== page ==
Step 3: Crossing the Principlizing Bridge
Question: What is the theological principle in this text?
This is perhaps the most challenging step. In it you are looking for the theological principle or principles that are reflected in the meaning of the text you identified in Step 1. Remember that this theological principle is part of the meaning. Your task is not to create the meaning but to discover the meaning intended by the author. As God gives specific expressions to specific biblical audiences, he is also giving universal theological teachings for all of his people through these same texts.
To determine the theological principle, first recall the differences you identified in Step 2. Next, try to identify any similarities between the situation of the biblical audience and our situation. For example, consider Joshua 1:1–9 again. Recall, of course, the differences that we identified in Step 2. But then note the similarities between the biblical situation and our own. We are also the people of God, in covenant relationship (new covenant); while we are not the leaders of Israel, nonetheless many of us are in leadership positions in the church; we are not invading the Promised Land, but we are seeking to obey the will of God and to accomplish what he has commanded us to do.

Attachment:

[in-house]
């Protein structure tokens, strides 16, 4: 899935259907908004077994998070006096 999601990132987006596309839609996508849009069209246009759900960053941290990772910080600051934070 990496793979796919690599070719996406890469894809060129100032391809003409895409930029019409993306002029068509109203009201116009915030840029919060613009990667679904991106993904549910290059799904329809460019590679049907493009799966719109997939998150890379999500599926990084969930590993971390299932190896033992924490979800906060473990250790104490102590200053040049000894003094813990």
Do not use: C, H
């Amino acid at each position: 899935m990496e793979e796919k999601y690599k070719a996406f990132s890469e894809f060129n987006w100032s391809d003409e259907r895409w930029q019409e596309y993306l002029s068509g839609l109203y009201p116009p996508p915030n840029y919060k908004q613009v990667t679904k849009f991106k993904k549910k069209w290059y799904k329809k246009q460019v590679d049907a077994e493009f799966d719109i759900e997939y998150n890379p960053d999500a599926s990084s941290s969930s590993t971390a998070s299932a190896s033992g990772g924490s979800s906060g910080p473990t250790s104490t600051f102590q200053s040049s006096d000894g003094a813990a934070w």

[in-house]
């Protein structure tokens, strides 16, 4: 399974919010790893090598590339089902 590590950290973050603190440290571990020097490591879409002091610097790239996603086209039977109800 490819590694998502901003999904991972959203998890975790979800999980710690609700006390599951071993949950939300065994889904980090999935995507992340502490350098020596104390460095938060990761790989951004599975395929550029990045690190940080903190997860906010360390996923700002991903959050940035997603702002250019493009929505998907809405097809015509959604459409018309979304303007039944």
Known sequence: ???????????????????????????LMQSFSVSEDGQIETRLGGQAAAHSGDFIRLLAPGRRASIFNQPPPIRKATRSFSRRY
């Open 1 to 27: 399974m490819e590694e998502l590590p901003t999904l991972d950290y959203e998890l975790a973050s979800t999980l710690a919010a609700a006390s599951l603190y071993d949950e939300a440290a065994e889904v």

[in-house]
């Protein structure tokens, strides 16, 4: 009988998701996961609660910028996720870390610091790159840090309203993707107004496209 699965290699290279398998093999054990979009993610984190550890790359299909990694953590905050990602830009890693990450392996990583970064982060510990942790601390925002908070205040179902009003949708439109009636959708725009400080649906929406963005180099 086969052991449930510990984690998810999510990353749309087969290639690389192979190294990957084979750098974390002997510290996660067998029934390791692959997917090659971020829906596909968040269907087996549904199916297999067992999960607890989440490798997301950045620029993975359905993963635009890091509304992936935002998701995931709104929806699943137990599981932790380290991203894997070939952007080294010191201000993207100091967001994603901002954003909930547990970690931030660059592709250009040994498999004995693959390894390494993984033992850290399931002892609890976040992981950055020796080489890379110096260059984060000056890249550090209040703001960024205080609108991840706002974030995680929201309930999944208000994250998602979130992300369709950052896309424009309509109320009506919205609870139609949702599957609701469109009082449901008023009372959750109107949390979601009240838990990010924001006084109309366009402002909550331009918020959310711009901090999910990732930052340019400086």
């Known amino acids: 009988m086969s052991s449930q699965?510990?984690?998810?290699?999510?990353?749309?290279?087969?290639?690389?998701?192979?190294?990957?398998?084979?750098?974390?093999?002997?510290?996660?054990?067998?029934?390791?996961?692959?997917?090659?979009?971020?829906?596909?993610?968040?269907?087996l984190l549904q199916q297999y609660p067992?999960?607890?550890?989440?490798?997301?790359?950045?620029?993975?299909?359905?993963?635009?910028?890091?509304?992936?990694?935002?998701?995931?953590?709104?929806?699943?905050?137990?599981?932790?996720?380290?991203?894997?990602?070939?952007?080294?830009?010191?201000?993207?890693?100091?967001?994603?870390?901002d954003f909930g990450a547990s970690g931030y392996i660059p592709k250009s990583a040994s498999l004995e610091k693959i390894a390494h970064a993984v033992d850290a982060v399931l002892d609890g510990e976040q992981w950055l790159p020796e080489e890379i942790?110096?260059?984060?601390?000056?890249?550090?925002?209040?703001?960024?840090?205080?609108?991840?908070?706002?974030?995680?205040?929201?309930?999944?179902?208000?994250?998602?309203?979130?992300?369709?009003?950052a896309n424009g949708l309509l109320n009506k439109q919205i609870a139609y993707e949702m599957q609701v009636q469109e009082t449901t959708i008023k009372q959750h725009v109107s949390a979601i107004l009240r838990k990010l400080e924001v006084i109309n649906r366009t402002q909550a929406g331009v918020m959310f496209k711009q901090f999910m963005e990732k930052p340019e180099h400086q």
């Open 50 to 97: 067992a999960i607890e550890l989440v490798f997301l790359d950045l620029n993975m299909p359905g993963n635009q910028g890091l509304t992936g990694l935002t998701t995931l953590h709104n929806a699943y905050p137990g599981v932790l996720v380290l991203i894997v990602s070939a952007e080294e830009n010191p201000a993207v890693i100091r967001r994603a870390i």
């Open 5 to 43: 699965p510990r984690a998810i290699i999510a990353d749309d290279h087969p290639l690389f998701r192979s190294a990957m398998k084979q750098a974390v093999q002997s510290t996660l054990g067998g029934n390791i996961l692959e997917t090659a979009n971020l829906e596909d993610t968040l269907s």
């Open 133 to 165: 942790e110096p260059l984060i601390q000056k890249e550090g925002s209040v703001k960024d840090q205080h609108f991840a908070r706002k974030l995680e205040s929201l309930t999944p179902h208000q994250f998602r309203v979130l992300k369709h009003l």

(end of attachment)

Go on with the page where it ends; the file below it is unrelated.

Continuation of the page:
After reviewing the differences and identifying the similarities, return to the meaning for the biblical audience that you described in Step 1 and try to identify a broader theological principle reflected in the text, but also one that relates to the similarities between us and the biblical audience. In essence, the theological principle is the same as the “theological message” or the “main theological point” of the passage. (We will discuss in more detail how to develop theological principles in chapter 10.) We will use this theological principle as the principlizing bridge by which we can cross over the river of differences.
We can summarize the criteria for formulating the theological principle with the following:
- The principle should be reflected in the text.
- The principle should be timeless and not tied to a specific situation.
- The principle should not be culturally bound.
- The principle should correspond to the teaching of the rest of Scripture.
- The principle should be relevant to both the biblical and the contemporary audience.
Write out the theological principle (or principles) in one or two sentences. Use present-tense verbs.